No one knew who the heck Lester del Rey was until several years after his death. He left behind a substantial estate and after several years of attempts to sort out the inheritance, it was apparently revealed that his name was Leonard Knapp.

Such name changes were partly pragmatic, since many were Jewish and could expect a more successful career under a non-Jewish name. And at least one member of that generation was looking to avoid back child-support. But there was also a substantial element of social fantasy. One thing I tried to understand over many such conversations was exactly why the Futurians perceived changing one's name as such a powerful act. I interpret "Day Million" as a partial expression the fantasy of only apparently real identity, or perhaps of the Modernist idea of a mask identity.

I see the current popularity of the concepts of the Singularity and trans-humanity as closely tied to online experimentation with the fantasy of apparent identity. Examples I used on the panel included Wikipedia admins who insist on the use of a pseudonym and claim that all attempts to decipher it amount to stalking; and Second Life, which requires you to adopt a pseudonym when you register -- you must select your last name from a pull-down menu and may only specify a first name; and the vast social wasteland of online dating, an unfolding disaster in human relations on a huge scale. My strong anti-pseudonymity message is not something people are all that receptive to at the moment.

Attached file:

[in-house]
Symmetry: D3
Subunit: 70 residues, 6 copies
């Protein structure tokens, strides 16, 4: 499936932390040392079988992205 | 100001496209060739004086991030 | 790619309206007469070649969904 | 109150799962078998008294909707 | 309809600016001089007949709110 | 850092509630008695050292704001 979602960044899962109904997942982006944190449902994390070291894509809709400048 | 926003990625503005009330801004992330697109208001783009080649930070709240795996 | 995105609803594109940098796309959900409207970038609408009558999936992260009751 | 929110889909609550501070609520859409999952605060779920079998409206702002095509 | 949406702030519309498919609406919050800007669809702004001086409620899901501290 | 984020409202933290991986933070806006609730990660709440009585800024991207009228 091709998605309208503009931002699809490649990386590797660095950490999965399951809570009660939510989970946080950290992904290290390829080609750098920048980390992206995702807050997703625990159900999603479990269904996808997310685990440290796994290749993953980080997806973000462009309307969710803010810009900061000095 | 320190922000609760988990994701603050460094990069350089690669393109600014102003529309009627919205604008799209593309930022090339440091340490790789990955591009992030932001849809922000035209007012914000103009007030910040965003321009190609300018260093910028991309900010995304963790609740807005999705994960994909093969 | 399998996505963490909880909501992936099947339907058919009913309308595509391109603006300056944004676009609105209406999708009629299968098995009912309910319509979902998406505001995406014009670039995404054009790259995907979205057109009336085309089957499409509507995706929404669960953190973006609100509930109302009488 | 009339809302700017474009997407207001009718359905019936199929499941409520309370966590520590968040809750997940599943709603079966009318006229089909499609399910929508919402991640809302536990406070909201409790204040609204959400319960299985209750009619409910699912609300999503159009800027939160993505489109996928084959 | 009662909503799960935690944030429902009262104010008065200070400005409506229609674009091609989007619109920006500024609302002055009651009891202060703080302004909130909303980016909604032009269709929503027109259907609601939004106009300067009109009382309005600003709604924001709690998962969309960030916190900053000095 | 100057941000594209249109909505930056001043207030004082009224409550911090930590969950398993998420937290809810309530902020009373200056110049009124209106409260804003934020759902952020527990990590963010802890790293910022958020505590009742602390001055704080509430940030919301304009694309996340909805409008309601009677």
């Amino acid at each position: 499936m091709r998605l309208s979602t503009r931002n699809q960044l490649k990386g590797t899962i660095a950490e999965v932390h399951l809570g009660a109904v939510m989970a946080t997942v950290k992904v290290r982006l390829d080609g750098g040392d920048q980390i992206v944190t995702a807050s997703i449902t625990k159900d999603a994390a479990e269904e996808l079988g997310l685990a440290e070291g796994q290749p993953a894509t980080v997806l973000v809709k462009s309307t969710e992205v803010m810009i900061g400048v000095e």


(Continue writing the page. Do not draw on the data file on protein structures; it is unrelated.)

The science fiction community strongly influenced the early evolution of the Internet because so many techies read sf and are involved in the sf community, and sf's ideas about pseudonymity and the adoption of a fannish name and persona seem to me to have influenced Internet fashion.  Cyberpunk sf was especially influential upon the shape of Internet social space: from William Gibson we have the very name of cyberspace, which as I recall he described in the 80s as that place you are when you're on the telephone — except that now 100 million people might overhear your call,which is recorded and archived.

There is one important difference between Futurian beliefs about only apparently real identities and the current online version of disposable personae or identity: The Futurians chose a name and tended to stick with it for the rest of their lives, whereas online identities are much usually more ephemeral. Also the Futurians used such names in person, whereas online aliases are mostly intended for use in electronic communication in cyberspace.

A significant transitional figure is James Tiptree, Jr. (aka Alice Sheldon aka Racoona Sheldon), a mother of the cyberpunk movement. She was a client of Virginia Kidd's. After her death, I accepted a couple of her posthumous awards on behalf of the Kidd agency. My husband, David Hartwell, was her editor and one of the few people in science fiction who ever met her in person. (Philip K. Dick, another writer who prefigured cyberpunk, is in some ways an opposite figure to Tiptree. He was concerned with distinguishing the authentic from the "only apparently real." )